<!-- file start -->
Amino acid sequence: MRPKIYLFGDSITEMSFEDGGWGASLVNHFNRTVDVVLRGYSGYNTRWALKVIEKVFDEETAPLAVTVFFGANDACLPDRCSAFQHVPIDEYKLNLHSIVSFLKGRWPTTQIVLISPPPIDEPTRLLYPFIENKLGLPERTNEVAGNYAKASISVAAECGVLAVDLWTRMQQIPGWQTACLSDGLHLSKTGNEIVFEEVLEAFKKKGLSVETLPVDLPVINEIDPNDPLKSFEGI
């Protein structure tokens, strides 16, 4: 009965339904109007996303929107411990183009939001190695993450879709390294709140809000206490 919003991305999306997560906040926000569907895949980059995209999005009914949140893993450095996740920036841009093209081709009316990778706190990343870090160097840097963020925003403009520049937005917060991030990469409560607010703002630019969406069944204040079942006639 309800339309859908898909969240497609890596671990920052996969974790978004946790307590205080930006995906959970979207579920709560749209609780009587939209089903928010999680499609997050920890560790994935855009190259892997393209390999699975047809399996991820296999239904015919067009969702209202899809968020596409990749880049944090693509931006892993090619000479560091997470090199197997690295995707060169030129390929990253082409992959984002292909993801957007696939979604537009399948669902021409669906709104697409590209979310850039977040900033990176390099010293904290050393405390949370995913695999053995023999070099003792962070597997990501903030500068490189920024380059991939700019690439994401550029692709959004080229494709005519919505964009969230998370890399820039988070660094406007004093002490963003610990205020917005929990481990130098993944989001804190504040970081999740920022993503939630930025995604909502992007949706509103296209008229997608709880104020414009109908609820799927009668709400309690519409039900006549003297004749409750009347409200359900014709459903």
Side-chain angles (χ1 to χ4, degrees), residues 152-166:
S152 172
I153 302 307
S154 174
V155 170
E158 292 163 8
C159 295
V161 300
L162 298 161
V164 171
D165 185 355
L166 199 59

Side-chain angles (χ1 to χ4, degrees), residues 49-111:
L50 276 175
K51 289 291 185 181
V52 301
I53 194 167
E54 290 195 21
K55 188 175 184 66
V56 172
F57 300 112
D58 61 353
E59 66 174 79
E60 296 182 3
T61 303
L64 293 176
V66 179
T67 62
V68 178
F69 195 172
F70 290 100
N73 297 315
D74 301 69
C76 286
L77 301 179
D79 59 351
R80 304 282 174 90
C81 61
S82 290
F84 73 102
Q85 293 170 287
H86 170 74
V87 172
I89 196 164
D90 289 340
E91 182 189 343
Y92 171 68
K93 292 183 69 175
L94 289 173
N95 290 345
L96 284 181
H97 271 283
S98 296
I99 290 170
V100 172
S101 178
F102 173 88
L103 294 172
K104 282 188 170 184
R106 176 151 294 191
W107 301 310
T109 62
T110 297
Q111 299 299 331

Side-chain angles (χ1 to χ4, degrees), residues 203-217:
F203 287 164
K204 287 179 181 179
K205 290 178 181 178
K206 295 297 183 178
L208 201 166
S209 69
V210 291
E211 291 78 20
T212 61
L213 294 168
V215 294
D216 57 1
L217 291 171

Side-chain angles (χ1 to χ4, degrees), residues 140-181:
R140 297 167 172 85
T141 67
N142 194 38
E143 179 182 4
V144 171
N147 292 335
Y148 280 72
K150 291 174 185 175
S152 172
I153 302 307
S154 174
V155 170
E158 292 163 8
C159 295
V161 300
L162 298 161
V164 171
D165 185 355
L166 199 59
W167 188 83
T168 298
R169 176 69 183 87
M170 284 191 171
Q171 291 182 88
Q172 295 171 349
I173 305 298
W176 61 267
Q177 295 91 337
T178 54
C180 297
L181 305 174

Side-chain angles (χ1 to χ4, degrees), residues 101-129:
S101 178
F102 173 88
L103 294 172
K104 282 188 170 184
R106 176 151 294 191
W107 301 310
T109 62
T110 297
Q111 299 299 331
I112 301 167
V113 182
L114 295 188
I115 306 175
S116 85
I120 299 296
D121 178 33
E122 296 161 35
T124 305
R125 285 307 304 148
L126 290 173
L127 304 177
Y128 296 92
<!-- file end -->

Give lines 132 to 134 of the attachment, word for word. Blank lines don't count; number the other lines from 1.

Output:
R125 285 307 304 148
L126 290 173
L127 304 177